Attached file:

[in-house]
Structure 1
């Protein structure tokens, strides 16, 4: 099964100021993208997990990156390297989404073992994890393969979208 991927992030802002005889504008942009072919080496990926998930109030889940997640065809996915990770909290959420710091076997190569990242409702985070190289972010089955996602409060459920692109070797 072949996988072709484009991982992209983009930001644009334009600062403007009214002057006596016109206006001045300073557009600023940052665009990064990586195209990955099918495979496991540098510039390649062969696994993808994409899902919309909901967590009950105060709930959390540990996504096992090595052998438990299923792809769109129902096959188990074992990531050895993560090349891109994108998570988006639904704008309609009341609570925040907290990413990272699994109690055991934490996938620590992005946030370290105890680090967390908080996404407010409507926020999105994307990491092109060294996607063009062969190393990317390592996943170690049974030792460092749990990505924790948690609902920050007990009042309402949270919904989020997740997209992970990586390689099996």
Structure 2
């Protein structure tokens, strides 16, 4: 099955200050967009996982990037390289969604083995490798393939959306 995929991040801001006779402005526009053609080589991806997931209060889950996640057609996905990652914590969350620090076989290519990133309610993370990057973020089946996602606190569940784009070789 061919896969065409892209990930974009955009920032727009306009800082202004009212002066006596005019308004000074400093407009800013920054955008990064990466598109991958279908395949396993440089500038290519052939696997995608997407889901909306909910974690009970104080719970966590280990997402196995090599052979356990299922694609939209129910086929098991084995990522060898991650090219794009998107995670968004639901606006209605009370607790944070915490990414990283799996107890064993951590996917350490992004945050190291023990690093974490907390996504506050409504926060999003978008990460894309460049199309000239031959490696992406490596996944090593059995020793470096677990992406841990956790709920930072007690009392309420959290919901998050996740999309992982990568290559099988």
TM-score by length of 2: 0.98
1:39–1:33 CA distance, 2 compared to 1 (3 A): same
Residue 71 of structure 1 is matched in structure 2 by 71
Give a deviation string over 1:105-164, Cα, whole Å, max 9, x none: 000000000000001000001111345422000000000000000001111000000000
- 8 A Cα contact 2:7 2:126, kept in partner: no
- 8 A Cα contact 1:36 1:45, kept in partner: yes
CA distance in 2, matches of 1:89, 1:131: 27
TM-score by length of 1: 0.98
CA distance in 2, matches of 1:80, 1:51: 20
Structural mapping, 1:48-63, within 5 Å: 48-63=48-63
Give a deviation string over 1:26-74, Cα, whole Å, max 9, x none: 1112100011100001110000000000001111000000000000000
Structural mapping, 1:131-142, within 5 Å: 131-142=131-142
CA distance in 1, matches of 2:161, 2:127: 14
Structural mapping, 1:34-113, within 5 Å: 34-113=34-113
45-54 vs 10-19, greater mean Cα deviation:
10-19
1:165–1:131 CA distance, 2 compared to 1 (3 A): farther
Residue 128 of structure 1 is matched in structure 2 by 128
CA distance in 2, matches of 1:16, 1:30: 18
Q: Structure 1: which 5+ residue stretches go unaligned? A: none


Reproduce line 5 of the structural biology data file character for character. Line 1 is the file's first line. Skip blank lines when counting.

């Protein structure tokens, strides 16, 4: 099955200050967009996982990037390289969604083995490798393939959306 995929991040801001006779402005526009053609080589991806997931209060889950996640057609996905990652914590969350620090076989290519990133309610993370990057973020089946996602606190569940784009070789 061919896969065409892209990930974009955009920032727009306009800082202004009212002066006596005019308004000074400093407009800013920054955008990064990466598109991958279908395949396993440089500038290519052939696997995608997407889901909306909910974690009970104080719970966590280990997402196995090599052979356990299922694609939209129910086929098991084995990522060898991650090219794009998107995670968004639901606006209605009370607790944070915490990414990283799996107890064993951590996917350490992004945050190291023990690093974490907390996504506050409504926060999003978008990460894309460049199309000239031959490696992406490596996944090593059995020793470096677990992406841990956790709920930072007690009392309420959290919901998050996740999309992982990568290559099988």